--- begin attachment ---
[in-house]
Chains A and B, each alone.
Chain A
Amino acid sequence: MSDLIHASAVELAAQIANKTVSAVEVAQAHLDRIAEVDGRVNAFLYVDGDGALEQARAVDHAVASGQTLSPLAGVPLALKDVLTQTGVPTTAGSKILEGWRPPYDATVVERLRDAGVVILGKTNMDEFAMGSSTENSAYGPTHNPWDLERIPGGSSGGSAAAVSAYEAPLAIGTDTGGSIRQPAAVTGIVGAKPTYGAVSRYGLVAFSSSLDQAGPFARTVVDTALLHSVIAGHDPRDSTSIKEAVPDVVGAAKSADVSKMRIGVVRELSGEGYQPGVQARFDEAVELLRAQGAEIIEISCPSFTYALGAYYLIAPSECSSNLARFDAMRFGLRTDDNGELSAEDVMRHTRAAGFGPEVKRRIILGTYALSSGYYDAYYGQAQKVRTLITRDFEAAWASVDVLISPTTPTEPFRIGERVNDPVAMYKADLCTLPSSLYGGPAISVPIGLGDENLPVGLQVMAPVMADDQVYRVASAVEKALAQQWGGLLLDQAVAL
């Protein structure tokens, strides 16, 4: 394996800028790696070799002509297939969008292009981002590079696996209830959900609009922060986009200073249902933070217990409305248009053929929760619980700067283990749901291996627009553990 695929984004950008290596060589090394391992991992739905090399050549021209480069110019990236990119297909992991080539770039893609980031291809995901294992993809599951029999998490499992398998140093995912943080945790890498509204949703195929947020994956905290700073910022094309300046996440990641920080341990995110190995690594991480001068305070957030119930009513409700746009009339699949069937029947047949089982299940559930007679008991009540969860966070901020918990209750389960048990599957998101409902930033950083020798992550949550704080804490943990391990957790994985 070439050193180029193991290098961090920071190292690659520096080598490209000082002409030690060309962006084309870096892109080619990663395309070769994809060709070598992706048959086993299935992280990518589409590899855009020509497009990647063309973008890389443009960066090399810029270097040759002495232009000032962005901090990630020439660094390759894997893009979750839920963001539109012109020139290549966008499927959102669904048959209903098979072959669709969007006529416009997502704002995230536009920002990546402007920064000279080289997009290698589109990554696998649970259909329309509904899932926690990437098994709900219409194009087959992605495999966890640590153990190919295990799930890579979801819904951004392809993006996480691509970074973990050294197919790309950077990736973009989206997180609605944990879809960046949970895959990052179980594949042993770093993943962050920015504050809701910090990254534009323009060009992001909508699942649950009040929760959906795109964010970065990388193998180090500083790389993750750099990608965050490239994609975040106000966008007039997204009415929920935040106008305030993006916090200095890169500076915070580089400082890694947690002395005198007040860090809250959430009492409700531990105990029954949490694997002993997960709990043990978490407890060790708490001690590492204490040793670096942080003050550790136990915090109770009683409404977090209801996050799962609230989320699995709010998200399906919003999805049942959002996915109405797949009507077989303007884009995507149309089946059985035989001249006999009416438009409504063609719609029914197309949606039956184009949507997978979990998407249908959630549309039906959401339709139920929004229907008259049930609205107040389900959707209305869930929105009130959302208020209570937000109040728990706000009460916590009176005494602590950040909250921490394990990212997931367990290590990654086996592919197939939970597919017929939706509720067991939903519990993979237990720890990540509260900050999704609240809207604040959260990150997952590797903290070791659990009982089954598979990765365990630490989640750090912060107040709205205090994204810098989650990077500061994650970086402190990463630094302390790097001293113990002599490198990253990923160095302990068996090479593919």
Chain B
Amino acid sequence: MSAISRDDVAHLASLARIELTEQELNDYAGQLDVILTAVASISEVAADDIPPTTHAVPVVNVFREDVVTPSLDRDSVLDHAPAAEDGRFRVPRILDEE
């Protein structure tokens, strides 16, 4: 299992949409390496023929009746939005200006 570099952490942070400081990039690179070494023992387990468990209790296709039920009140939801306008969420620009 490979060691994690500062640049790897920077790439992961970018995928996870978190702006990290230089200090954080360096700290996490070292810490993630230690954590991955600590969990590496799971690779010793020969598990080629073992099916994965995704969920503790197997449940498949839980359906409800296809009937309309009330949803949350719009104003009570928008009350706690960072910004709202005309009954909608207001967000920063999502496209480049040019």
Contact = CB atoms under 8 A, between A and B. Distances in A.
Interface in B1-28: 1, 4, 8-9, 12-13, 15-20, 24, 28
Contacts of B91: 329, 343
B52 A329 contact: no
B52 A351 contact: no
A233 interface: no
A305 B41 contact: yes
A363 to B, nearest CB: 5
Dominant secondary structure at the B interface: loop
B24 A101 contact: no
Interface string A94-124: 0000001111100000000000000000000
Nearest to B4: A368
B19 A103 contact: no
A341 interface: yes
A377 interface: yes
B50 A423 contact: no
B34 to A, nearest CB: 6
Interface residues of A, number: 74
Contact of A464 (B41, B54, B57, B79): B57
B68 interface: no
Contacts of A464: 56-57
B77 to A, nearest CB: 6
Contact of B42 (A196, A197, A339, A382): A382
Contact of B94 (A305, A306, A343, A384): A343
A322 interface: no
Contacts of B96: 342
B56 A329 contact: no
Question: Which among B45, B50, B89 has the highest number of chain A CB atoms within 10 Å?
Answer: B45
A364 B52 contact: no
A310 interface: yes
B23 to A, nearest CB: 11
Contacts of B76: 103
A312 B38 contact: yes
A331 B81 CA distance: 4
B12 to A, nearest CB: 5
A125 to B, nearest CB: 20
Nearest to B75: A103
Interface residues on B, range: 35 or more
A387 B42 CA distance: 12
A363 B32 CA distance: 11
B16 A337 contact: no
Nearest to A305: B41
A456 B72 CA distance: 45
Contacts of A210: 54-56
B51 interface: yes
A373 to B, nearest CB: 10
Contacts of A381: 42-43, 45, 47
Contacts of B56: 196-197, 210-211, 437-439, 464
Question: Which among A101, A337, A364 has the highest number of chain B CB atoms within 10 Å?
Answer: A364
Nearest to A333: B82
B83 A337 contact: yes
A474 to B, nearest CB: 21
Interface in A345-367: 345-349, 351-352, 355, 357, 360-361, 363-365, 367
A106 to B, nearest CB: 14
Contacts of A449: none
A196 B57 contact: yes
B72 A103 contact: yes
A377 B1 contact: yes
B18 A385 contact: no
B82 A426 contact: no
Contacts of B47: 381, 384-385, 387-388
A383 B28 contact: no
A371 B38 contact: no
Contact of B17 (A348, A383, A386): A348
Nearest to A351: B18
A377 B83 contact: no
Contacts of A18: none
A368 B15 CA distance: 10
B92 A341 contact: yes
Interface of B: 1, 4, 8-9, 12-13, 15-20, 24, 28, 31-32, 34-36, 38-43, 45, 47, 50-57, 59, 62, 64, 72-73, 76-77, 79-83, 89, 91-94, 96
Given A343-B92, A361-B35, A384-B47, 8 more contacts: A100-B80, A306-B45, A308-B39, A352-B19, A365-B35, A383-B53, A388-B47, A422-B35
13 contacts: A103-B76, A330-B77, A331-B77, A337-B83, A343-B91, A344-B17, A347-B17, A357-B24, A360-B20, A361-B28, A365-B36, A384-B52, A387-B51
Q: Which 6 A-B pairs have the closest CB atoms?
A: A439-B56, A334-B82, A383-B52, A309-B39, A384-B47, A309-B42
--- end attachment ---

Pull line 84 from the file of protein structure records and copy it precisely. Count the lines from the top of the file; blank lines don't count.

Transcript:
A: A439-B56, A334-B82, A383-B52, A309-B39, A384-B47, A309-B42